New Zealand · R

New Zealand Births and Friday the 13th

[Update: Monday 23rd May 2016- There is an additional follow up article here]

[Update to the Update: and a second followup here]

538.com wrote a post about U.S. births and Friday 13th

Andrew Gelman (who did work in 2012 the 538 article was based on) wrote a response

Which Statschat mentioned

Which then prompted me to check the New Zealand situation

The New Zealand data

There is public data on New Zealand births by day at Statistics New Zealand (see the Excel spreadsheet on the right, and the sheet with the raw numbers within it)

http://www.stats.govt.nz/browse_for_stats/population/pop-birthdays-table.aspx

However, this is aggregated across the period 1980 to 2014, so unlike the US data, we do not know the individual year’s births, and thus the day of the week the births fell on. This means we cannot identify a specific group of “births on Friday 13th”, so cannot apply the same methods discussed in the other articles. But it would be none the less interesting to know if New Zealander’s are afraid of Friday the 13th enough for it to noticeably affect the demand for scheduled deliveries (noting that New Zealand has a largely public health system rather than private payments which could also affect the degree to which superstitions are accommodated).

What we can do is this- If we check for how many Friday the 13ths there were in each month across the years 1980 to 2014 (inclusive) we find that most months have had 5 Friday the 13ths, except for June (with 6 Friday the 13ths) and October (with 4 Friday the 13ths). If there is some kind of casual link between fear of Friday 13th and demand for scheduled services, we would expect some kind of correlation. If there is some kind of correlation, we would expect the number of births (relative to the seasonal pattern, which in New Zealand is 9 months after New Years) born on the 13th in months with fewer Friday the 13ths to be greater than months with more Friday the 13ths contained within the data.

births13

Unpicking the graph, the pale green background is the typical births for the month, based on births on the 4th, 5th , 6th, 7th, 8th, 18th, 19th, 20th, 21st, and 22nd of the month- dates far enough away not to be influenced by the presence of Friday the 13th, but also not on significant annual dates like Christmas or New Years day. The dashed green line is the mean of the aggregated births for these dates, and the coloured green background extends two standard deviations above and below the mean.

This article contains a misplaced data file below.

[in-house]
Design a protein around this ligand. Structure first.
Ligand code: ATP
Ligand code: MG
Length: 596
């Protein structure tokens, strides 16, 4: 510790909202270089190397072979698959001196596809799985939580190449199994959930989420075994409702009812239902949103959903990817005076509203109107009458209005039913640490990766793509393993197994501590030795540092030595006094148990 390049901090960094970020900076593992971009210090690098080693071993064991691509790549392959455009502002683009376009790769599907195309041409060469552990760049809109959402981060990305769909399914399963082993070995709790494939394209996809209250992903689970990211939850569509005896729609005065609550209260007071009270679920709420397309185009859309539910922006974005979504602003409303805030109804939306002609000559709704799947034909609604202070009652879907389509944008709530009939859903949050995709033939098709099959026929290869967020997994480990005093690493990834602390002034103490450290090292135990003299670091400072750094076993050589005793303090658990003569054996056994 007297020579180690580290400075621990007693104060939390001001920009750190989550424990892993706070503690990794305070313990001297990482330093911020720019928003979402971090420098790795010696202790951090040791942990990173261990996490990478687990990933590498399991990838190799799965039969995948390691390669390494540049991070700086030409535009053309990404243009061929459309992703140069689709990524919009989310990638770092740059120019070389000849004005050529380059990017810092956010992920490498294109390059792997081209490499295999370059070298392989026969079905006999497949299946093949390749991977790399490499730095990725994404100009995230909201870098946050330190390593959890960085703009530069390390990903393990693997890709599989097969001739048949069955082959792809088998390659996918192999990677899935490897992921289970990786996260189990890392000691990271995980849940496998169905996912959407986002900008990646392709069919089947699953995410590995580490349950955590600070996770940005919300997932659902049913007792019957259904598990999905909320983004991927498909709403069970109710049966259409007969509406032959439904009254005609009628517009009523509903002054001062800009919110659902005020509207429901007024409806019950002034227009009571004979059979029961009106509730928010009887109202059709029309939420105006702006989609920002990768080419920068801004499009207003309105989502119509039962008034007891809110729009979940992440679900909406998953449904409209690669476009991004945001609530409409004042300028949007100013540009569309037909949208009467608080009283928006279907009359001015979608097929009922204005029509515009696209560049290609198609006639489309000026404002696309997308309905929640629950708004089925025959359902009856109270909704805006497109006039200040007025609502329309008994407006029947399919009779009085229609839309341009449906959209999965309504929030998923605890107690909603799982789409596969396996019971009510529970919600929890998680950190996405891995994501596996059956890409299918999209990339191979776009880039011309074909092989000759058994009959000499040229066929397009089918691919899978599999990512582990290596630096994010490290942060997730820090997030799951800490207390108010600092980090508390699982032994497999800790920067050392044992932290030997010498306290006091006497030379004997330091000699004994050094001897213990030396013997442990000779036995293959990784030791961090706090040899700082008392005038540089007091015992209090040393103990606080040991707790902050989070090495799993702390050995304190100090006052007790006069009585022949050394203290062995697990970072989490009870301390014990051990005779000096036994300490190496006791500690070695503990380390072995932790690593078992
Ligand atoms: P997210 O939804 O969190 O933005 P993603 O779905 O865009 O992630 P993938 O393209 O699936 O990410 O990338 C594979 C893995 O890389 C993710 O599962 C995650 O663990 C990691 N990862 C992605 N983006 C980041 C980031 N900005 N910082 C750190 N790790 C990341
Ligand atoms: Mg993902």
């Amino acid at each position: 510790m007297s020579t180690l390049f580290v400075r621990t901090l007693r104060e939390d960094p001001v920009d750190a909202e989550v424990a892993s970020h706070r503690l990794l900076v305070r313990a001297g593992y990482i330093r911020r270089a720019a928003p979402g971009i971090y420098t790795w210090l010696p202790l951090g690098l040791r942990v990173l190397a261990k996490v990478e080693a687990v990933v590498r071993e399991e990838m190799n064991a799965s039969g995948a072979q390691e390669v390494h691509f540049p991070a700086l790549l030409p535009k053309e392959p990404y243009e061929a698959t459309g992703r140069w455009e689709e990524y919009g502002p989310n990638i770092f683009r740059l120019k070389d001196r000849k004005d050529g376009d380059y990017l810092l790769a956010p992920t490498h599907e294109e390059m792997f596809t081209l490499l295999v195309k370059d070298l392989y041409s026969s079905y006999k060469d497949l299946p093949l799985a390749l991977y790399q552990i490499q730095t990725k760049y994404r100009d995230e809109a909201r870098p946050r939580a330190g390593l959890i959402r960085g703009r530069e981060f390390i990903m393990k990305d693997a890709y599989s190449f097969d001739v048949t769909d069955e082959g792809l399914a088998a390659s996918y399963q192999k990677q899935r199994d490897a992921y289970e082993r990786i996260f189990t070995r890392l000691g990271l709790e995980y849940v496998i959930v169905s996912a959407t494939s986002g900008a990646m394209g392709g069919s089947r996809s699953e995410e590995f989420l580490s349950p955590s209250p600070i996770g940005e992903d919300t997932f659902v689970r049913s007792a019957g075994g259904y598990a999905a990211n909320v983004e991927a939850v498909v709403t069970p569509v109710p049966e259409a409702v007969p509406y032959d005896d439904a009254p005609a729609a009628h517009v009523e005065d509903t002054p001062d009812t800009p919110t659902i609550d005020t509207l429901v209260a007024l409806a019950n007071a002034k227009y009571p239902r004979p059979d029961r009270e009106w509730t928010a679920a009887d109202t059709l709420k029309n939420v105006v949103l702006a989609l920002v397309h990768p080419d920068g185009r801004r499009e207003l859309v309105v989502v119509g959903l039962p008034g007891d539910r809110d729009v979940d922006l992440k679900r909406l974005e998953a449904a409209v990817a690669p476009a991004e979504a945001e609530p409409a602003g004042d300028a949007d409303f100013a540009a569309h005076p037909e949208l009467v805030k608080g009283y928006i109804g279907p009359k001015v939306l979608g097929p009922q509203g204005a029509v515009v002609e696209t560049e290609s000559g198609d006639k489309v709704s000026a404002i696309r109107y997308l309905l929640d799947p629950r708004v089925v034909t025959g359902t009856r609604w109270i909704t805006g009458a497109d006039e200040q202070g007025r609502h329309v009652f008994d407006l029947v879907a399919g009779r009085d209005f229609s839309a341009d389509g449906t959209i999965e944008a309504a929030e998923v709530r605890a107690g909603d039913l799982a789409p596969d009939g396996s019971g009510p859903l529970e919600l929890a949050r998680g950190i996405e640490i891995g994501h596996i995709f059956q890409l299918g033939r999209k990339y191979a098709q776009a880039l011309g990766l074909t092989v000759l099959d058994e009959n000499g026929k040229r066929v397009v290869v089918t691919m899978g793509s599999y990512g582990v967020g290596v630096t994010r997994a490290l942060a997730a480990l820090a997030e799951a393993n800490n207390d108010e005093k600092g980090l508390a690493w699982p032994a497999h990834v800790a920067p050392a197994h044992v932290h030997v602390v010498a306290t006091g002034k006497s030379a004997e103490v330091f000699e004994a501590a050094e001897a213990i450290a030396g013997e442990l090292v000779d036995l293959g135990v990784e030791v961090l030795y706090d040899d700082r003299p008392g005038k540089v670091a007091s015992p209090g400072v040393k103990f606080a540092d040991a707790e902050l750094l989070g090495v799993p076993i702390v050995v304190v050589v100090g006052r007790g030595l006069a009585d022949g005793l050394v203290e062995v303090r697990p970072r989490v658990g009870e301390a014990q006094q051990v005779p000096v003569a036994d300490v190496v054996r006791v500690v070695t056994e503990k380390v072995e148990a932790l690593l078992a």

The black line represents births on the 13th of the month, the coloured dots are how many Friday the 13ths were in the aggregated data period.

While births on the 13th of June, with 6 Friday the 13ths, is well below the mean for June, it is about as below the mean as April which only had 5 Friday the 13ths. More importantly for a correlation, the births on the 13th of October (4 Friday the 13ths) are well below the mean, and well below the births in the neighbouring months (which both contain 5 Friday the 13ths). This is the opposite of what might be expected in a correlation (where the expected result was more births in the months with the fewest Friday the 13ths).

If all the results were the opposite way round, we might have evidence that there was a relationship and it was the opposite of what we expected. With the mixed bag of no particular pattern, the exploratory analysis suggests there is a lack of evidence that fear of Friday the 13th is connected to demand for obstetric services in the New Zealand public health system.

The R code used to generate the above:

monthnum <- 1:12
dts <- seq.Date(from=as.Date("1980-01-01"), to=as.Date("2014-12-31"), by=1)
library(lubridate)
thrt <- dts[weekdays(dts)== "Friday" & mday(dts) == 13]
number13s <- table(month(thrt))
download.file("http://www.stats.govt.nz/~/media/Statistics/browse-categories/population/pop-birthdays-table/most-common-birthdays-19802014.xlsx", destfile="b.xlsx", mode="wb")
library(readxl)
bnums <- read_excel("b.xlsx", sheet = 2, skip=2)
names(bnums)[1] <- "day"
thirteens <- bnums$day == 13
comparison <- bnums$day %in% c(4,5,6,7,8,18,19,20,21,22)
#comparison dates 4,5,6,7,8,18,19,20,21,22
bmeans <- apply(bnums[comparison,2:13],2, mean)
bsd <- apply(bnums[comparison,2:13],2, sd)
bhigh <- bmeans + (2 * bsd)
blow <- bmeans - (2 * bsd)
upper <- max(c(bhigh,blow))
lower <- min(c(bhigh,blow))
plot(monthnum,unlist(bnums[thirteens,2:13]), type="n", ylim=c(lower-50,upper+50), frame.plot = FALSE, ylab="NZ births", main="Births 1980-2014, Statistics NZ", xlab="month")
polygon(x=c(0:13,13:0), y=c(bhigh[12],bhigh, bhigh[1],blow[1],rev(blow),blow[12]), col="#00FF0011", border="#00FF0022")
lines(monthnum,bmeans, col="#00550055", lty=2)
lines(monthnum,unlist(bnums[bnums$day==13,2:13]), type="l", ylim=c(lower-50,upper+50))
points(monthnum,unlist(bnums[bnums$day==13,2:13]), col=number13s, pch=19)
legend(x=10, y=6200, legend=c("4 Fri 13ths", "5 Fri 13ths", "6 Fri 13ths"),pch=19, col=c(4,5,6), bty="n", cex=0.6, y.intersp=1.2)

 

 

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3 thoughts on “New Zealand Births and Friday the 13th

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